Led by Rob Bottin‘s masterful practical effects and some well-written characters, with Kurt Russell as the cool leader of the group, R.J. MacReady, The Thing builds and builds, with one man after another being killed by the creature. In the end, their station is blown up and MacReady and Keith David’s Childs are the only two survivors. The two men are untrusting of each other. Is this their friend who survived with them, only to freeze to death out in the elements, or is this the alien they are talking to? “If we got any surprises for each other,” MacReady tells Childs, “I don’t think we’re in much shape to do anything about it.” When Childs asks what they should do, MacReady drops the film’s most famous line. “Why don’t we just wait here for a little while. See what happens.” Behind them, the station burns, and The Thing comes to an end.
Look, The Thing‘s open ending is brilliant. Is one of them the thing? Do they die? Are they somehow saved? We never know, and we accept that. John Carpenter had tried open endings before. The end of Halloween sees Michael Myers shot off a balcony by his doctor, Samuel Loomis (Donald Pleasence). The Shape lays there motionless looking very dead, but when Loomis looks over the balcony, the boogeyman is gone. Michael has somehow risen and walked away. How did he survive? Where is he? Will he kill again? The film doesn’t tell us.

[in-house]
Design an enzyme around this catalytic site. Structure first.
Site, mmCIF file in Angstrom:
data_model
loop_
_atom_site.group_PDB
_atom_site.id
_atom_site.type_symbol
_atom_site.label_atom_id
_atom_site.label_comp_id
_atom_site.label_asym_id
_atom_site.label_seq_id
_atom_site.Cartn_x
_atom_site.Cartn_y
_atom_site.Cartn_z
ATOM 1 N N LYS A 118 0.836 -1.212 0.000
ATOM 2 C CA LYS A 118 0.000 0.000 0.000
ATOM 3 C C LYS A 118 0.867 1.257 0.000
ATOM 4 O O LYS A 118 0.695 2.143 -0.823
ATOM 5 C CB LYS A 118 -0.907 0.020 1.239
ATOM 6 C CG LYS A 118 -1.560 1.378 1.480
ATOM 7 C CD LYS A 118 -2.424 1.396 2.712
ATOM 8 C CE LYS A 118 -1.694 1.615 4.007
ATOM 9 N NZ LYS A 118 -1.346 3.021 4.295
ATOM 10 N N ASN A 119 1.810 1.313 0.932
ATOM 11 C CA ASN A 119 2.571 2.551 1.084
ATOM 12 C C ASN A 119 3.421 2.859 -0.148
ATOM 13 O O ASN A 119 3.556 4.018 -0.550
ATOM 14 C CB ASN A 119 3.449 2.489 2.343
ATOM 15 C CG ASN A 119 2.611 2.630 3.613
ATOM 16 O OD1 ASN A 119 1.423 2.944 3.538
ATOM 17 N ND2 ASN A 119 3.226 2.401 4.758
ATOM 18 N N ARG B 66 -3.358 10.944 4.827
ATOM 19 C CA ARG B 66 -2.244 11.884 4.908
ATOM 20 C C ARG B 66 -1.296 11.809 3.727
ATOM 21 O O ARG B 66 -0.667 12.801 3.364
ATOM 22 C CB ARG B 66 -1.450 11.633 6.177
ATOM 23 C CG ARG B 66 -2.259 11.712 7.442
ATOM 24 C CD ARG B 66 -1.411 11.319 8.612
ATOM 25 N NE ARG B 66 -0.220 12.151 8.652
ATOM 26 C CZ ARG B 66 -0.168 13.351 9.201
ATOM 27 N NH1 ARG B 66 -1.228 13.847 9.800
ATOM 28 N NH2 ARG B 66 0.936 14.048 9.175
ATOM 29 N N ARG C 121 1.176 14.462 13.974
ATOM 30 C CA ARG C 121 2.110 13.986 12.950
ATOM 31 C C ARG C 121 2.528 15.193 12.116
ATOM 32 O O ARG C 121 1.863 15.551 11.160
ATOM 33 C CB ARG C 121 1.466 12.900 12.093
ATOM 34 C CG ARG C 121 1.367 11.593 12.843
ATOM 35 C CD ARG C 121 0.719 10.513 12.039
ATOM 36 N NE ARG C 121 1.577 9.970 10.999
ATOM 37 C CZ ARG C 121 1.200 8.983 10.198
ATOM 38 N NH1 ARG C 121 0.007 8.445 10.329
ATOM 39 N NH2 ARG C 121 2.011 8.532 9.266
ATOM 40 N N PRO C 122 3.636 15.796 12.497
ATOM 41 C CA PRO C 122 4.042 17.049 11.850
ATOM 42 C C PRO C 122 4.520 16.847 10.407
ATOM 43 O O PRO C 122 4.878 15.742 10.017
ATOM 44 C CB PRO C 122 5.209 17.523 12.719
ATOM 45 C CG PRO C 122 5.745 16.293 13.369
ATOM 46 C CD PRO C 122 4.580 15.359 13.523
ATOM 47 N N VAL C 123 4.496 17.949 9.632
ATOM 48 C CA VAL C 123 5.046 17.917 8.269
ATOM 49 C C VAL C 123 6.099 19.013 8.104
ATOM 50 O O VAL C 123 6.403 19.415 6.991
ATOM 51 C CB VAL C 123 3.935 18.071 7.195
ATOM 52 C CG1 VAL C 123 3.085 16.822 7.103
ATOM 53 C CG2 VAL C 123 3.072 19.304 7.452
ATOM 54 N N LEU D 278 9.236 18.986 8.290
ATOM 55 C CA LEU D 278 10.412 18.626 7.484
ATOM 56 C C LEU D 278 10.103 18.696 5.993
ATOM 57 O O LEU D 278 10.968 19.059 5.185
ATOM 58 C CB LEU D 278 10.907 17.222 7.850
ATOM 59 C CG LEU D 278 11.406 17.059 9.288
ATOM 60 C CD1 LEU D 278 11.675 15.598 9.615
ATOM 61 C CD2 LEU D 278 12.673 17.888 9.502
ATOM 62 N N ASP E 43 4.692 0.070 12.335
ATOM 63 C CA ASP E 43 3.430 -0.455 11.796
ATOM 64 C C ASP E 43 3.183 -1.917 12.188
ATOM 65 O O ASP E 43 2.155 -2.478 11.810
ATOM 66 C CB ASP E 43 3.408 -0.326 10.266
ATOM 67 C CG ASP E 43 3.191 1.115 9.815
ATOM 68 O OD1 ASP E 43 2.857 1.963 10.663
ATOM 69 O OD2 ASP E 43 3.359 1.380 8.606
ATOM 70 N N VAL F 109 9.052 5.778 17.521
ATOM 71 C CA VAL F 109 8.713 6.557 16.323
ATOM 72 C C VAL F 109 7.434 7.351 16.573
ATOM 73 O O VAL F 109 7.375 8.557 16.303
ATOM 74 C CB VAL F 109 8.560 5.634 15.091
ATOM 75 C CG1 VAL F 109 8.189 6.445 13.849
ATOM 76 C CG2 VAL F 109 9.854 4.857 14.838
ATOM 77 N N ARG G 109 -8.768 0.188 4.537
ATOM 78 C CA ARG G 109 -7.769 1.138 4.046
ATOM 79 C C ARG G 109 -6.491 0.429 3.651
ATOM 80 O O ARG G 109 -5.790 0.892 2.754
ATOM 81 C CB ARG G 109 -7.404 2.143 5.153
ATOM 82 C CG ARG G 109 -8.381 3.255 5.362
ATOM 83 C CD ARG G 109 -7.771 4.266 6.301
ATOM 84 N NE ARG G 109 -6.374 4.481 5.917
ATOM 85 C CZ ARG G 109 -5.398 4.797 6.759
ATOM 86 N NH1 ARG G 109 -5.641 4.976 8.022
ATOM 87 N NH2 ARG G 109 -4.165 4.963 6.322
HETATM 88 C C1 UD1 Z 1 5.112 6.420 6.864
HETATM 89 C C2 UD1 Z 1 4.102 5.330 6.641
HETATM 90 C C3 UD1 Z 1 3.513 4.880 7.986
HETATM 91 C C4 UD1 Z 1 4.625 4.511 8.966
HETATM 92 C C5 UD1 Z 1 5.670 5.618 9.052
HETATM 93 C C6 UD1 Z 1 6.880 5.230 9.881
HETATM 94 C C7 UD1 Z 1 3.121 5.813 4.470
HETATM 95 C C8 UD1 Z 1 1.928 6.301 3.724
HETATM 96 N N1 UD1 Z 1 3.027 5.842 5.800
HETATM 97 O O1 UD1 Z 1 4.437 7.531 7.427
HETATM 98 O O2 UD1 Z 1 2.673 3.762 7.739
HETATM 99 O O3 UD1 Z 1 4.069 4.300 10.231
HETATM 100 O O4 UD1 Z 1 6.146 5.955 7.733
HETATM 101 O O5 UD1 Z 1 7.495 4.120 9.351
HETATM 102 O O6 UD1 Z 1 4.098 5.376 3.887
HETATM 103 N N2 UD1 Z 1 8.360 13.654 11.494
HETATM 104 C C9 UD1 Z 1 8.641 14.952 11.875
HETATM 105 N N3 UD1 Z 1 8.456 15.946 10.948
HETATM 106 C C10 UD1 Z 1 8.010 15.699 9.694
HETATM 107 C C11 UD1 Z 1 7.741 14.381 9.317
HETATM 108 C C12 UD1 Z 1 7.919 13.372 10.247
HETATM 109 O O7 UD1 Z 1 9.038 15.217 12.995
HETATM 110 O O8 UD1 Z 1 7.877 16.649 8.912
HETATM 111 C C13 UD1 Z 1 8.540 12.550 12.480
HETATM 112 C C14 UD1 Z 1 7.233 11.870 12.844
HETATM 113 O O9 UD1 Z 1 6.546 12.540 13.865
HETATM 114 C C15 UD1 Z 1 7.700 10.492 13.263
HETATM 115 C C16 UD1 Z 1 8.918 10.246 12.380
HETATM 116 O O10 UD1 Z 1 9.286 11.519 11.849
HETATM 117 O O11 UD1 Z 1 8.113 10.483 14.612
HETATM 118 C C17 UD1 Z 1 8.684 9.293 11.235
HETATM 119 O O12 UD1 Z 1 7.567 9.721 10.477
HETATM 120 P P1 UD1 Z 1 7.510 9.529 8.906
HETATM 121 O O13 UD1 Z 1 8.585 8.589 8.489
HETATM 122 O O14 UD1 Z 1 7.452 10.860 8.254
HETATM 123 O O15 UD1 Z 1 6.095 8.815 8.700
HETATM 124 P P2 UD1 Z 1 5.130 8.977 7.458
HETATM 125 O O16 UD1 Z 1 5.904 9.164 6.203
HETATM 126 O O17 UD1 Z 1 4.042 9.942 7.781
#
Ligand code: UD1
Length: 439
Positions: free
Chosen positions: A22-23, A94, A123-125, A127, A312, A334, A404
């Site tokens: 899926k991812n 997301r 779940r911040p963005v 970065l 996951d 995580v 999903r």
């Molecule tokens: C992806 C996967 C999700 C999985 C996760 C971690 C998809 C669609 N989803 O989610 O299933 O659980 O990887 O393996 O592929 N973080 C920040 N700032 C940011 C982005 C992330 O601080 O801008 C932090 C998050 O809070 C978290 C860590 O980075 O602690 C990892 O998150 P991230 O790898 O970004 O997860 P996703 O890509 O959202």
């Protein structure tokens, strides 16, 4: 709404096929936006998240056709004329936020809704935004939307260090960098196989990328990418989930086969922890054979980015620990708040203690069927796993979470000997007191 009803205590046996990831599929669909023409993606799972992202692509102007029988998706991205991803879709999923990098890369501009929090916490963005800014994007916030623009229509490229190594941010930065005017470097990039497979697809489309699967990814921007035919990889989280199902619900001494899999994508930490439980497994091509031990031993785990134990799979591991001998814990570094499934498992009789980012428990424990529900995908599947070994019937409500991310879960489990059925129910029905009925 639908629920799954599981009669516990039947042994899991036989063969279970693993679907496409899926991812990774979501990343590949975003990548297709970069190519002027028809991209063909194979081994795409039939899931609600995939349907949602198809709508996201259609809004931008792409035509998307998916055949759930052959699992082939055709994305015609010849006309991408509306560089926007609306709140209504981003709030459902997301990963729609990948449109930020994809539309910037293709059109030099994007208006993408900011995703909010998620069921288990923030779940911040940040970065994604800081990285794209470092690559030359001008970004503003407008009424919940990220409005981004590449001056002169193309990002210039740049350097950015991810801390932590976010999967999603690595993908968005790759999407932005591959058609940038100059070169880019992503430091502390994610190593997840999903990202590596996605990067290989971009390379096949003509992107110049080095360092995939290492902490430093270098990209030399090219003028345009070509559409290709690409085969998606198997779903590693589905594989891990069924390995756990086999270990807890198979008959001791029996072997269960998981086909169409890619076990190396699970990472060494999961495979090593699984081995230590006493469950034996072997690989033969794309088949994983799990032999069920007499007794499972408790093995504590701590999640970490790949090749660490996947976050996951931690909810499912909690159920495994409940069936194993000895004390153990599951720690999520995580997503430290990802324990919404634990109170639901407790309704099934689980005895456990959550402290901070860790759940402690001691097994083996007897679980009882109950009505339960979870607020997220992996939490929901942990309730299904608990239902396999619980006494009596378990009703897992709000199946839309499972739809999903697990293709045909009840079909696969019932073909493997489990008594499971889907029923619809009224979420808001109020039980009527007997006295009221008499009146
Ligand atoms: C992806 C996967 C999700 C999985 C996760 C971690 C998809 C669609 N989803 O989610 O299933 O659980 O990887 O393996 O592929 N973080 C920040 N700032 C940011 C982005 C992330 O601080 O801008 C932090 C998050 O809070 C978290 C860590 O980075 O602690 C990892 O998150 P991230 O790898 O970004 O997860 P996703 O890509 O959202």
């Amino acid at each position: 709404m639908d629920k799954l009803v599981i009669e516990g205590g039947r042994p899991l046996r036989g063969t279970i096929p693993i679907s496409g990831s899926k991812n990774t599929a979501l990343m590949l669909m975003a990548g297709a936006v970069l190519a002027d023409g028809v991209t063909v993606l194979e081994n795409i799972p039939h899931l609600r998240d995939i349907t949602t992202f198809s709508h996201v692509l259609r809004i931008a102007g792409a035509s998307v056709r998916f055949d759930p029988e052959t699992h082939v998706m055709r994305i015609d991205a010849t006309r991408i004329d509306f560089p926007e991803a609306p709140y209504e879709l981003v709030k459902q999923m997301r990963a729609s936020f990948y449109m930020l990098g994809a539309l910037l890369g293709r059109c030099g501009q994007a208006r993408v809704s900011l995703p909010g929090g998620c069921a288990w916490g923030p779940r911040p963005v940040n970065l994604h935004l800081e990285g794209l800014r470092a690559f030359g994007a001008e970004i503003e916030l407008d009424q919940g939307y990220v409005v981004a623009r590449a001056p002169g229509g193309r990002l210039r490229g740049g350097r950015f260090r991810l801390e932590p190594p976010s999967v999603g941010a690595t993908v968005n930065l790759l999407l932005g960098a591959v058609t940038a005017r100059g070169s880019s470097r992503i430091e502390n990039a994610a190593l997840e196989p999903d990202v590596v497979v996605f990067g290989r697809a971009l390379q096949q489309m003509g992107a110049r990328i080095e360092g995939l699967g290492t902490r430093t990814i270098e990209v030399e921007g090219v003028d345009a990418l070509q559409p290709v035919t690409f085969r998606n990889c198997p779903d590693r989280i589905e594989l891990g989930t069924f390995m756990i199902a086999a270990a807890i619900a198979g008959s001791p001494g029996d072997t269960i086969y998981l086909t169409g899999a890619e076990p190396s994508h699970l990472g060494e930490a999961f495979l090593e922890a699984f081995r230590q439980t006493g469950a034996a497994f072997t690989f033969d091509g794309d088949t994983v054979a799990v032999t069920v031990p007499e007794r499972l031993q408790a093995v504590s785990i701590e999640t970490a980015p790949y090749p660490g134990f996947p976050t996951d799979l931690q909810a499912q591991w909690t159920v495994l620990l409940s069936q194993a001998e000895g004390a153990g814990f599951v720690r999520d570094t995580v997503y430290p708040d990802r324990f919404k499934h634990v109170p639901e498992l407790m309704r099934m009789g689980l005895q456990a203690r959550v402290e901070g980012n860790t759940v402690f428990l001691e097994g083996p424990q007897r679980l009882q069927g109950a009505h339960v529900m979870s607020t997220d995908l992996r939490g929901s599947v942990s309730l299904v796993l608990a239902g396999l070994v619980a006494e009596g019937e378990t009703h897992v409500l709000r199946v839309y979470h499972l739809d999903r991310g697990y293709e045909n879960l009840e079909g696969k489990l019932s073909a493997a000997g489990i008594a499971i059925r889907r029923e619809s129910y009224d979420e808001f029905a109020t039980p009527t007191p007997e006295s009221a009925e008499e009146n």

If anyone knows the damage a sequel can do to a classic horror film, it’s John Carpenter. He wrote 1981’s Halloween 2, which begins right where the first film ended, with Michael Myers up like he was never shot, his murder spree continuing. After that film introduced the “Laurie Strode (Jamie Lee Curtis) is Michael’s sister plot,” the whole franchise became about Michael trying to kill his family. David Gordon Green‘s recent Halloween trilogy looked to erase all of that. Halloween Kills goes back to that 1978 night and shows us Michael being captured by the police. These scenes took away the mystery of the original film. A sequel to The Thing would be tempted to show us who lived between MacReady and Childs. You know anyone in their right mind is going to want to cast Kurt Russell for a sequel, which means we’d have an answer to who lived. The Thing doesn’t need answers. Not knowing is what makes it so scary.
A Sequel to ‘The Thing’ Leads to the Temptation to Explain the Monster
In The Thing we also don’t have any answers to what the alien is. Yes, we see it in several forms, the researchers learn about how it operates and its physiology, but there are no scenes from the alien’s point of view showing it fully explaining its actions. We don’t know where it comes from. We don’t know its past. We only know that it’s here and wants to wipe out every creature in its path. The Thing From Another World explained the monster a little bit more, but still, it didn’t go overboard. So many horror films have those awful scenes of the heroes being attacked by a mysterious creature, only for them to find a book where they can read about it, or they track down an expert who can explain it away and thus neuter it and make the monster less scary.